The U.S. Department of Agriculture's National Institute of Food and Agriculture has awarded Virginia Tech a five-year, $2.7 million grant to study integrated management of zoosporic pathogens and irrigation water quality to create a more sustainable green industry.
Chuanxue Hong, professor of plant pathology, physiology, and weed science in the College of Agriculture and Life Sciences and the project's director, explained that the study will help the nursery and floriculture industry become more sustainable, enabling it to better compete in the global market. In particular, the project will search for biologically based control methods for the Phytophthora and Pythium pathogens and develop best management practices to recycle irrigation water safely to protect water quality and improve water use efficiency.
"What we learn will have applications not only to crop health but also to much broader areas, such as water quality," said Hong, who works at the Hampton Roads Agricultural Research and Extension Center (www.arec.vaes.vt.edu/hampton-roads/) in Virginia Beach, Va. "This project aims to reduce the crop health risk associated with recycling water for irrigation purposes and to answer the question, 'How can we make the production of nursery and greenhouse crops a more sustainable industry?'"
Named after the Greek for "plant destroyer," the Phytophthora genus contains at least 120 species of pathogens harmful to a wide range of ecologically and economically important plants. In Virginia, researchers have identified 35 Phytophthora species from irrigation water. According to Hong, nursery and greenhouse owners faced with a water shortage have to recycle water to irrigate their crops, inadvertently causing these waterborne plant pathogens to affect their plants and, therefore, their bottom line.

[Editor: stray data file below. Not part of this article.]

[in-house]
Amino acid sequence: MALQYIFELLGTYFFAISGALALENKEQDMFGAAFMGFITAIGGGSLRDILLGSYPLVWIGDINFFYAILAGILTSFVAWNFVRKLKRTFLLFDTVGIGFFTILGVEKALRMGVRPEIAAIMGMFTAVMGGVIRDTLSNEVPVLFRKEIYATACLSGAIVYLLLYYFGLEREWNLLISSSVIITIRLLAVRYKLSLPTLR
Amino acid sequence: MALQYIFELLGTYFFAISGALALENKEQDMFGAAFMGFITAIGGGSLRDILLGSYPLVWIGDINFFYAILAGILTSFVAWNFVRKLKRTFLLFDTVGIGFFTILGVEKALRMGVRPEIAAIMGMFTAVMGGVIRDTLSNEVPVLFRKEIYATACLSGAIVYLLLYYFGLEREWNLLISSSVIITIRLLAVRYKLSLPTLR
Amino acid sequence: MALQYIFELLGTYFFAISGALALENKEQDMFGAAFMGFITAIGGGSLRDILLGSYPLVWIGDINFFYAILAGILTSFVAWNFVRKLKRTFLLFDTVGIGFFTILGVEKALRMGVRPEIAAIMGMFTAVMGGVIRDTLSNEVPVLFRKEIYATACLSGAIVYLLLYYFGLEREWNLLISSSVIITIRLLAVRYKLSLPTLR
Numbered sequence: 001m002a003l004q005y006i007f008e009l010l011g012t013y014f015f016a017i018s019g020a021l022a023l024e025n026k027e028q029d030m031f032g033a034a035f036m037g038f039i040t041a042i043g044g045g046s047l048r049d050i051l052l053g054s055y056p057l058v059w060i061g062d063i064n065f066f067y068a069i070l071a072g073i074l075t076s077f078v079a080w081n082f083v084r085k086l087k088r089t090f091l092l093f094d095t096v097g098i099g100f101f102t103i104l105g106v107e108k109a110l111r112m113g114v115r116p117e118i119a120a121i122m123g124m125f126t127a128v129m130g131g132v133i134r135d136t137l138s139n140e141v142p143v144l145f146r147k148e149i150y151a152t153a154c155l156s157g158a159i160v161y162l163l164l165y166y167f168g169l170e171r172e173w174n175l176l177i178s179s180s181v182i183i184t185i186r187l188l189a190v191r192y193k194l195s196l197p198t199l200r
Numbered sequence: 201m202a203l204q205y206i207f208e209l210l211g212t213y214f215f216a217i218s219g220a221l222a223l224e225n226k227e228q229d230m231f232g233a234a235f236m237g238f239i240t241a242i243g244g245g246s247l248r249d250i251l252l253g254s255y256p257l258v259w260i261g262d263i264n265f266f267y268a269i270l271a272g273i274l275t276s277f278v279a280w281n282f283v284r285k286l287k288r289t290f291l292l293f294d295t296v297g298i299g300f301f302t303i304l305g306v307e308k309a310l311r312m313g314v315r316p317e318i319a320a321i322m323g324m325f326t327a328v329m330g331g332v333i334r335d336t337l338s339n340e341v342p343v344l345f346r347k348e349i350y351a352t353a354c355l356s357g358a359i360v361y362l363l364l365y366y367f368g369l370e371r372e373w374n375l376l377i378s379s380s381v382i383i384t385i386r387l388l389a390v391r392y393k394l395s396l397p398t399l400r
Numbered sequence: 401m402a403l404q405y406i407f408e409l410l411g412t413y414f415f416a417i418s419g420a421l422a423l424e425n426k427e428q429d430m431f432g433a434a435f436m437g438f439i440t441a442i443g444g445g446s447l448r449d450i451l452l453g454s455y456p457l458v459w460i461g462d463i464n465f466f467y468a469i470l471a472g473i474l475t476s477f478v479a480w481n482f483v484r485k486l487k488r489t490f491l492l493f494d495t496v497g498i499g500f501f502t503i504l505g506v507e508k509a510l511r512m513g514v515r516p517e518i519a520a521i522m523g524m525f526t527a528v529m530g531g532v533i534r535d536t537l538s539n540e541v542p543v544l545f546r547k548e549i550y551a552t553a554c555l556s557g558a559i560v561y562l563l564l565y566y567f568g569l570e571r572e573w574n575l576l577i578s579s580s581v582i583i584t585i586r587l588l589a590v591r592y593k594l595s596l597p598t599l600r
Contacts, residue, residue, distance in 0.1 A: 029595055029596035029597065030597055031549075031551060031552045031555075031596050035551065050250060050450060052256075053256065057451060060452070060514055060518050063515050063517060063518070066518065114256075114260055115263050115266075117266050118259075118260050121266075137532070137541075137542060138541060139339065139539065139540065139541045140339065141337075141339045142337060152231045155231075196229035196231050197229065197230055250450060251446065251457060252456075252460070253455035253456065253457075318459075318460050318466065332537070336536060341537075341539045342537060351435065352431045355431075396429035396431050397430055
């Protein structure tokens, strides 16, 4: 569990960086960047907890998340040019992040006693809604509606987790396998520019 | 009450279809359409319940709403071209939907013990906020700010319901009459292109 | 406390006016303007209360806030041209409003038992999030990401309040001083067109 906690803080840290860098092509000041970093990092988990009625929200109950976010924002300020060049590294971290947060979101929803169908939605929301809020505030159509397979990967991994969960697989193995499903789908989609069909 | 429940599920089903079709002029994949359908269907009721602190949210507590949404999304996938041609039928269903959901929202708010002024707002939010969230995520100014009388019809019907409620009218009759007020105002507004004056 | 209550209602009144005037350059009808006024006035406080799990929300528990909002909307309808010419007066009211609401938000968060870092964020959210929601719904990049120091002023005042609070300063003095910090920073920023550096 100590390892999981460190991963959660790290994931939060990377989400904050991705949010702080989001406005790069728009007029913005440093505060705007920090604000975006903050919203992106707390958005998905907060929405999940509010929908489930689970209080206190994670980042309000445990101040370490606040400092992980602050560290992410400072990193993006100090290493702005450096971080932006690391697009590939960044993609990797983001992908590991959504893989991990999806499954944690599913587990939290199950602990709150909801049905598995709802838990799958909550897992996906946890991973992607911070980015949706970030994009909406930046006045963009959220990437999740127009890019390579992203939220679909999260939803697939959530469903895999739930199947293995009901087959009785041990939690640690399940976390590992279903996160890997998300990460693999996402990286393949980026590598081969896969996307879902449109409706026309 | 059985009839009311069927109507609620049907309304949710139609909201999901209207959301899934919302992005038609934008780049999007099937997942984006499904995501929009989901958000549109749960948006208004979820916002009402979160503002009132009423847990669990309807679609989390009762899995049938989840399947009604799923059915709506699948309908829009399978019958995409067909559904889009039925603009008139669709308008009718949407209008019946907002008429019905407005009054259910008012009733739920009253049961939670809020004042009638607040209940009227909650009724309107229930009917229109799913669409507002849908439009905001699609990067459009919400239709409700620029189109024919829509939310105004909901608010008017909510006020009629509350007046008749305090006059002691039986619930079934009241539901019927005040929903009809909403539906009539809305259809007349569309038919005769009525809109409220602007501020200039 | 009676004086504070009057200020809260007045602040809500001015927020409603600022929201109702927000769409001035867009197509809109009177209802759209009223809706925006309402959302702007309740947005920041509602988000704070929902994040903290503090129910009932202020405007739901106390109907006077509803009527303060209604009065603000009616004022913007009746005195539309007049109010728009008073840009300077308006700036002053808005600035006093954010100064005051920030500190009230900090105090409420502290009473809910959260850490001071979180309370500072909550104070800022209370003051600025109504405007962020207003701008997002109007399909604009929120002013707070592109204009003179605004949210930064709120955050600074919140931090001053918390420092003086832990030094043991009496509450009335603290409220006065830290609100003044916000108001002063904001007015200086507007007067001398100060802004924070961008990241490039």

"We want growers to recycle water, but we don't want them to recycle pathogens," Hong said.
Hong and his colleagues are examining the path of these pathogens and developing biologically based management strategies that will prevent them from reaching the pump house. "We are also studying how we can manipulate certain aspects of the water quality, such as the pH level, to kill the pathogens, and we want to know what kind of effect these water quality changes have on crops," Hong added.
The researchers are studying the biology of the pathogens so they can use this knowledge to develop protocols for best management practices and help growers design or modify irrigation systems that prevent pathogens from reaching horticultural crops. Although Hong and his colleagues are evaluating whether individual species are aquatic or terrestrial and what degree of damage they have on nursery and floral crops, the research team aims to develop strategies that deal with the Phytophthora genus in its entirety.
According to Hong, an irrigation system that dealt with pathogen problems would have lasting rewards for growers. "When farmers build a new irrigation system and modify existing systems based on the results of this project, they will benefit forever from such one-time investment," he said.
|Contact: Michael Sutphin|